There’s a lot of misconception around creativity and age. Psychologist Dean Simonton opined that “most conspicuous is the notion that creativity is the prerogative of youth, that aging is synonymous with a decrement in the capacity for generating and accepting innovations.”
But recent research has put that prejudice to bed. Aging alone doesn’t reduce your creativity. In fact, there are plenty of examples of people who created new songs, poems, art, inventions and discoveries well into their adult life.
Paul Cezanne, Pablo Picasso, Charles Darwin, Sigmund Freud, J.R.R. Tolkein all created some of their most important works after the age of 55.
Even the average age of scientific breakthroughs is increasing, as Bruce Weinberg Professor at Ohio University observed:
“The age at which scientists make important contributions is getting older over time… Today, the average age at which physicists do their Nobel Prize winning work is 48.”
6. You Lose Your Sex Drive as You Age
Nobody likes to picture their parents getting it on, let alone their grandparents. But get this, it’s happening more than EVER!
One study actually showed that sexual frequency declined for every American age group except seniors over the age of 70!  Another study revealed that 30% of adults over the age of 70 were having sex at least twice a month.
Why the change in behavior? Well, all those divorcees and widowers can now find love and companionship easier than ever on dating apps, just like the rest of us. Moreover, biological limitations have been overcome with erectile dysfunction medication and lubrication.
So now you can look forward to having more sex when you’re older than you’re having now. Take that father time!
7. Aging Brings Loneliness
We’ve all seen the stereotypical picture of an elderly adult, sitting alone in their rocking chair, staring into space. The image is heartbreaking. Having lost their spouse and friends, they live alone, forgotten.
It’s actually a kind of cliché image. While it certainly happens, it’s not inevitable by any stretch of the imagination, nor is it the norm. The truth is, many seniors have more time to meet new people than they’ve ever had before.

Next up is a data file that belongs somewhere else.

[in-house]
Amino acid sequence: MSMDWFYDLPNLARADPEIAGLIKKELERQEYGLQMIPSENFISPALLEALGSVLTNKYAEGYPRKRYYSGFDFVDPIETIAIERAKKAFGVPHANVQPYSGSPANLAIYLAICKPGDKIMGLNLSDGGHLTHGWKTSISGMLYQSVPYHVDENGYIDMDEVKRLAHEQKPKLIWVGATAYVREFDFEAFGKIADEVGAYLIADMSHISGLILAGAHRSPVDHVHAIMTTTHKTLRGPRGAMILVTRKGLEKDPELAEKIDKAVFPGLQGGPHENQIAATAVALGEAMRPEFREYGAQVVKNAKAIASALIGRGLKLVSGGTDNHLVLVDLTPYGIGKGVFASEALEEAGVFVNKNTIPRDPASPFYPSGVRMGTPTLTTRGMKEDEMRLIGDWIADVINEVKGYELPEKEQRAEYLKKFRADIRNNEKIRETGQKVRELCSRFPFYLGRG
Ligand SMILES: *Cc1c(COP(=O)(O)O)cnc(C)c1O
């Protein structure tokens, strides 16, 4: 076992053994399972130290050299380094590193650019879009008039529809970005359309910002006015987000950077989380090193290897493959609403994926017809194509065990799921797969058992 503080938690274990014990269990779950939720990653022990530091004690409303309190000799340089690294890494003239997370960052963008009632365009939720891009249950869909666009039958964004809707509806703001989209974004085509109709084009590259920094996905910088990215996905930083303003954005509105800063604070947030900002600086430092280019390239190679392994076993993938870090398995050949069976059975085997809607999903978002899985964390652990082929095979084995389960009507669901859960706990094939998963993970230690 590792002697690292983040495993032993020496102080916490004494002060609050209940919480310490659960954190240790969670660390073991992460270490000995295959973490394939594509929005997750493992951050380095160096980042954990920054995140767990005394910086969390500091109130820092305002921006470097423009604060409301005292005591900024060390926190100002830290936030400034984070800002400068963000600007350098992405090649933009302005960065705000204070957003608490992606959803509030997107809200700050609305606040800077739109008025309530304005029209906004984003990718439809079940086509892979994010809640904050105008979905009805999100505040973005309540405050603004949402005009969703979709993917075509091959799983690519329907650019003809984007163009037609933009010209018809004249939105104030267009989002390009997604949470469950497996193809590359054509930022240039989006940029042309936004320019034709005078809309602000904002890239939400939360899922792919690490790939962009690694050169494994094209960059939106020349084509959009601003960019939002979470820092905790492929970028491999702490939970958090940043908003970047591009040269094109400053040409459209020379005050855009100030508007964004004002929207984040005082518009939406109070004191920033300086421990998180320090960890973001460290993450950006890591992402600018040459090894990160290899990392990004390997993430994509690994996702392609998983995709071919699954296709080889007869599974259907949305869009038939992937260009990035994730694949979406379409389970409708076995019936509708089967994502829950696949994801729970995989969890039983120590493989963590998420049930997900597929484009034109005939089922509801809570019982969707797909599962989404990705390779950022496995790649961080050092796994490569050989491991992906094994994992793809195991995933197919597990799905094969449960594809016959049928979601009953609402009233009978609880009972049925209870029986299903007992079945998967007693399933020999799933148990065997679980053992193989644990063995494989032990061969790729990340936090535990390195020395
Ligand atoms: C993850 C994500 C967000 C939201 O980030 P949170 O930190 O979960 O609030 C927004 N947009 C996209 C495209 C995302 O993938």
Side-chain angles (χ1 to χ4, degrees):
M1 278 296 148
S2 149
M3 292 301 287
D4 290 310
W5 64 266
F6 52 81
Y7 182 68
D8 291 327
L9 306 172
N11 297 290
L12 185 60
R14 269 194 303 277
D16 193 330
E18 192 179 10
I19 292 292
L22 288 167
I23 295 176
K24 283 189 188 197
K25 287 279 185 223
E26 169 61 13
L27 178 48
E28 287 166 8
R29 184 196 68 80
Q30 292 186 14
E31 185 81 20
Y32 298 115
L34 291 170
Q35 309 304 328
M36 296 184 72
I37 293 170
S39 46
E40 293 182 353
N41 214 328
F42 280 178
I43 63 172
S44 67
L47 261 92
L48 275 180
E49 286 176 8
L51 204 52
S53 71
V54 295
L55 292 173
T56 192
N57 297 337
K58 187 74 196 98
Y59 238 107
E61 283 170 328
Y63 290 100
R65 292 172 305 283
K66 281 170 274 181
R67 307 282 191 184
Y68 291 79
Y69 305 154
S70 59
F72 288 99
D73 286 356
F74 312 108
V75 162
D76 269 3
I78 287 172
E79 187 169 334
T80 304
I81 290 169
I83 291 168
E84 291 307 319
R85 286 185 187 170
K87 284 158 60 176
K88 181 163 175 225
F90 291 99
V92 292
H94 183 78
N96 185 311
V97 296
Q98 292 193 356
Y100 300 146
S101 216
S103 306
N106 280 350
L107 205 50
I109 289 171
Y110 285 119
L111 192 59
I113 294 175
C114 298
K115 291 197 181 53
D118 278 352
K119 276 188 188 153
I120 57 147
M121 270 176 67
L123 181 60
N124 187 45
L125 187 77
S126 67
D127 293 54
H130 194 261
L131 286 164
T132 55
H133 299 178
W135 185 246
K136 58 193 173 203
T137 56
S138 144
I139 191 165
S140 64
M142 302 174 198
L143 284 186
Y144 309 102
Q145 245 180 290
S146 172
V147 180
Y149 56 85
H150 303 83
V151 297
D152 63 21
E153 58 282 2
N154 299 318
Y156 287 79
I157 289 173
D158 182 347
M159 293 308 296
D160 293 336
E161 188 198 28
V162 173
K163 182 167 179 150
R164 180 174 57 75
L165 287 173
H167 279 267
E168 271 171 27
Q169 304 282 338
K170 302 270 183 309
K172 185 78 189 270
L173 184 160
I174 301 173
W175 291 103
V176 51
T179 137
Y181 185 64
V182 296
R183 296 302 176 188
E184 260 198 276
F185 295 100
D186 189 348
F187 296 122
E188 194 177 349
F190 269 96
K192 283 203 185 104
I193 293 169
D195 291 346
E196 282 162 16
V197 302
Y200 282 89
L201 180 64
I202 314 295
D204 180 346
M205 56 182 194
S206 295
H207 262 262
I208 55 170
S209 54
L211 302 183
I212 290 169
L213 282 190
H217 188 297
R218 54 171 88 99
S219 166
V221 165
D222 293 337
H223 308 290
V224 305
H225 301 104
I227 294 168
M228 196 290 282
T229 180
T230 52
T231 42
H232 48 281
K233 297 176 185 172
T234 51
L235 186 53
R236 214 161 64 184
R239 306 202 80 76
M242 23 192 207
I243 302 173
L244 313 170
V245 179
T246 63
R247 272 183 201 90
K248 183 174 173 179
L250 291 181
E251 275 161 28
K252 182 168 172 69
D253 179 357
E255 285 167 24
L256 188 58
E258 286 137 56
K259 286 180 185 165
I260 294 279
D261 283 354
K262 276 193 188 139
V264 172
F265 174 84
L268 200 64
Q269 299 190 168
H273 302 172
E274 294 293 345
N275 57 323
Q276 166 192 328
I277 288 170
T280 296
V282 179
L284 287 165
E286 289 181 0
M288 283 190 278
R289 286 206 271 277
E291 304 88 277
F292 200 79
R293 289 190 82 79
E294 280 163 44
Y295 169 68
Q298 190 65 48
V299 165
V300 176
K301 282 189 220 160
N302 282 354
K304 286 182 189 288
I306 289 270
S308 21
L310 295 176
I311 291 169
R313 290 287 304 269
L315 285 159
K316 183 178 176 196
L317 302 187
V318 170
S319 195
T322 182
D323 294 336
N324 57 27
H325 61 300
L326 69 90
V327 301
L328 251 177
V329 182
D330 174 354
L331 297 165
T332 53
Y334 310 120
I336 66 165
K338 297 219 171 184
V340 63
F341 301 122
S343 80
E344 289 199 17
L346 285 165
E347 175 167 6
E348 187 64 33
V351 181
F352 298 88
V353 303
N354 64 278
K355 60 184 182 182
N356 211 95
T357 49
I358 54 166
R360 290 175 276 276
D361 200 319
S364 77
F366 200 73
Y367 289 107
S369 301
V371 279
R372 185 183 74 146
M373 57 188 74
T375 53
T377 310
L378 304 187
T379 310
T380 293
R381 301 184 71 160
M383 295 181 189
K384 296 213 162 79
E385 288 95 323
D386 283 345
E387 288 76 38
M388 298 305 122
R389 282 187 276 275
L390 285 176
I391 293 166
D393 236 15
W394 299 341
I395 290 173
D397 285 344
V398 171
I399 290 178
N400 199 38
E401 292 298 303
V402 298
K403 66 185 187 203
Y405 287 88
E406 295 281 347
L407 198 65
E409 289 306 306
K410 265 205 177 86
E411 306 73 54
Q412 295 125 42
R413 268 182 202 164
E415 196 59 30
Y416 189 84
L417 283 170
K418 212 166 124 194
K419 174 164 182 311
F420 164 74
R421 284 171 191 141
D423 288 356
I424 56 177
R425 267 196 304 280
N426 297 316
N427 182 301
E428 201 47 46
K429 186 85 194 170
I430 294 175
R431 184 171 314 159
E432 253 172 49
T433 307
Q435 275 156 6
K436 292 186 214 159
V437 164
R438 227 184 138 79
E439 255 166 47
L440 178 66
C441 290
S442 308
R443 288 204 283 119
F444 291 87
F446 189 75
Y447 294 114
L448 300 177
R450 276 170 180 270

With that new found freedom, older adults discover new pursuits such as cards, dancing, exercise, book clubs, discussion groups, church, volunteerism and classes. Some have their own group of friends, while others meet people at senior centers, the library, the local Y or in retirement communities that have more activities than a summer camp!
8. Growing Old Means Loss of Meaning and Purpose
In our work obsessed culture, where our identities are so often defined by our jobs, we often view retirees as lacking purpose. If you’re not working, you’re not being productive.
But age has nothing to do with someone’s loss of purpose. You can derive meaning and make a difference by being an involved grandparent, volunteering, involving yourself in local or national politics, or performing daily acts of kindness.
Age doesn’t determine meaning, actions do. The actions of Winston Churchill leading his nation through WWII took place during his 70’s. Paul Newman will not only be remembered as a great actor, but also for his charities which he managed into his 80’s. At 94, Jimmy Carter continues his effort to improve the lives of people worldwide through his philanthropy and diplomacy.
Any of those activities can be considered more meaningful and purposeful than many of the jobs we hold as younger adults.
9. Old People Are Depressed
While it is true that older adults suffer from depression, just like all other age groups, the numbers are far from overwhelming. In fact, of those over the age of 60, only 7% suffer from depression. Put another way, 93% of older adults do not suffer from depression.
That said, seniors do have unique challenges (loss of spouses, inability to drive, etc.) which can lead to isolation and loneliness, and increase the risk of depression. However, once again, it’s not an inevitability.
How do you avoid depression in your later years? Maintain a strong network of family and friends. Stay involved in your community. Stay healthy, active and eat well.
Aging isn’t as bad as many thought to be. It’s a process that brings about changes, but not necessarily problems. It’s all about the mindset you have. If you want to stay active as you age, maintain healthy habits and stay involved in your community!